Saturday, November 27, 2010

December 2010: No More War Games?

December 2010's topic, No More War Games?, was submitted by graduate student Nick LaLone.

He writes: 

Thousands of video games have used war as a central component of their mechanics or narrative and it isn't surprising. They were created during a time of war and were inspired by the popularity of war board
games like Tactics II, Diplomacy, Risk, and Advanced Squad Leader. These games reflected a changing social landscape as the world metaphorically shrunk. A general fear of what could happen, what had
been happening, made its way into what the people of the 50s,60s, and 70s wanted to play.

Since that time, despite intense competition over the video game market between different cultures, war has remained a central component. As Fallout 3 stated, war never changes. And, through games like Call of Duty, 3rd World Farmer, Minarette Attack, Halo, World of Warcraft, Valkyria Chronicles, Ace Combat, or even Lego Star Wars, the gaming industry has expressed nearly every possible angle on war; war hasn't changed.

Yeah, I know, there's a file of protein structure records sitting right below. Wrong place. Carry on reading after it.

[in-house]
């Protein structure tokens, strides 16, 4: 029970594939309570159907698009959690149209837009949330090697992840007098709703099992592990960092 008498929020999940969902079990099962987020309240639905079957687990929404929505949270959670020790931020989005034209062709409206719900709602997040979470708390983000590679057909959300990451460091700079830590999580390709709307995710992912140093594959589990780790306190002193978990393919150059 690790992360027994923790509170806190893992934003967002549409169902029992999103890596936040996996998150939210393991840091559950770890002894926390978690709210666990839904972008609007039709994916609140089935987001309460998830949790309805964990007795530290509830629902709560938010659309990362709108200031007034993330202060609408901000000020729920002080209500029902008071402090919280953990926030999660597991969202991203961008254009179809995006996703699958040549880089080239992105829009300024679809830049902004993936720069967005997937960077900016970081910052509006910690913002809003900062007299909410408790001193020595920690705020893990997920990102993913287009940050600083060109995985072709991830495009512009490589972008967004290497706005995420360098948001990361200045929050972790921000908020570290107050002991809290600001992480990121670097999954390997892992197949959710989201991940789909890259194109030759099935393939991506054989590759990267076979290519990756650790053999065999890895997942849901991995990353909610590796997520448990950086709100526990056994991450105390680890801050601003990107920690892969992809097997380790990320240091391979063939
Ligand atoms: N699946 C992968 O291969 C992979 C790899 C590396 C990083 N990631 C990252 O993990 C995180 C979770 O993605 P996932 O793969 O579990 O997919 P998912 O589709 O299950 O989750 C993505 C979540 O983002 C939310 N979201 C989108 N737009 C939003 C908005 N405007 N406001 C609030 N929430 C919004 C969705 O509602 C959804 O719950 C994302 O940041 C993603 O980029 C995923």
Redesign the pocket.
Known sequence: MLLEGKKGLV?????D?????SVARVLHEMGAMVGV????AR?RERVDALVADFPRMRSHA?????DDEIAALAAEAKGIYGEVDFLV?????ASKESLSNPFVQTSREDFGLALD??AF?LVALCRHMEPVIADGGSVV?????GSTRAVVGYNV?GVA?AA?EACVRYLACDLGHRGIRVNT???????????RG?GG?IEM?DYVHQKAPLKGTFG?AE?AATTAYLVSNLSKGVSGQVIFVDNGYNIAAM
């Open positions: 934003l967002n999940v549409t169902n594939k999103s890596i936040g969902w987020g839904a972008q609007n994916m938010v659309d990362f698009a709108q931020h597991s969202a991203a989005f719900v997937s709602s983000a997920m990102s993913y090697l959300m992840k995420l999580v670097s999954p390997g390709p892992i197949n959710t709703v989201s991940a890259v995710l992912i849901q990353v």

• What would it take start developing games that do not revolve around war?
  • Is violence necessary to explore in video games?
  • How does war change violence and is that change good or bad?
  • If females were featured in a game like Bad Company, how would the game have been different? Why?
Nick LaLone is finishing up his master's in Sociology at Texas State University-San Marcos. He specializes in race, class, and gender studies of popular culture. Lately he has been playing old war games with video game designers who have never played a war game.


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